- According to the Las Vegas Review-Journal, the Crescent Dunes power plant in Nevada is back online after a lengthy outage caused by a leak in a container of molten salt.
- Owned by SolarReserve, the 110 MW concentrated solar power facility is located about 200 miles from Las Vegas and went online in 2015. The project uses molten salt to provide 1,100 MWh of energy storage capability.
- The project sells power to NV Energy under a 25-year power purchase agreement for $0.135/kWh, about twice the cost of power from a gas-fired plant.
Details are scant, but utility officials reportedly confirm the Crescent Dunes plant is back up and running. After coming online in late 2015, the project was shut down last October when the leak was discovered. Repairs were supposed to be complete in January, but wound up taking longer. A spokesperson for NV Energy declined to disclose further details.
According to the company, the Crescent Dunes project is the first utility-scale facility in the world to feature advanced molten salt power tower energy storage capabilities. The project can power 75,000 homes in Nevada during peak demand periods, day and night.
Concentrated solar projects aim mirrored reflectors, heliostats, at a “power tower” where the solar energy turns water into steam that drives a conventional steam generator. Using molten salt instead of water enables the heat to be retained and power to be generated into the evening.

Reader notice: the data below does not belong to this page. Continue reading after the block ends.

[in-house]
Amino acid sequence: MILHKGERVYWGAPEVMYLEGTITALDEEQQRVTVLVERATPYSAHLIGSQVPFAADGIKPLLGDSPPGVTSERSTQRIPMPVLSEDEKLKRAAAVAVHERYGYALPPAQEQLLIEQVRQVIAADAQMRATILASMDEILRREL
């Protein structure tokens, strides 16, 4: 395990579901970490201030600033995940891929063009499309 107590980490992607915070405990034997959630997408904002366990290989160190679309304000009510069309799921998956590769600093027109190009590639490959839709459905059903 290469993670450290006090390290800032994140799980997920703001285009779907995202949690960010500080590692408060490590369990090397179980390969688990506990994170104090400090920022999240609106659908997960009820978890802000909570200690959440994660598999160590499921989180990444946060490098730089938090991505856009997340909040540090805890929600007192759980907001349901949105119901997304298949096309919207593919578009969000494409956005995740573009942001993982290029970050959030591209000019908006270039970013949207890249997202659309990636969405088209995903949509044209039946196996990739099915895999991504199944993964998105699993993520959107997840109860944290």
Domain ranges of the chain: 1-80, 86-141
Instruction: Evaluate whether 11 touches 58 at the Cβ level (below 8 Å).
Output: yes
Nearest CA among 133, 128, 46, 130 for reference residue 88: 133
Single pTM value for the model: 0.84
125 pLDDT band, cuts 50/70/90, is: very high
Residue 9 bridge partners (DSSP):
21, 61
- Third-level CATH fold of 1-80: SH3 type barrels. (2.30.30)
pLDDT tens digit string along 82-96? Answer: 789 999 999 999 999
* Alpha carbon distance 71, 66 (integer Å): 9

But CSP projects are not cheap. An analysis by Lazard last year showed the average levelized cost of CSP was more than twice the cost of utility-scale solar PV: $119 to $181/MWh compared to $50 to $60/MWh.
Last year, SolarReserve also floated plans to build a $5 billion, 2,000 MW project in Nevada, but it's unclear whether or not the project has moved forward. An analyst for Bloomberg New Energy Finance told Bloomberg that absent significant federal and state subsidies beyond the investment tax credit, "there is virtually no way this project will be able to deliver electricity at a price that’s competitive today, much less five years from now."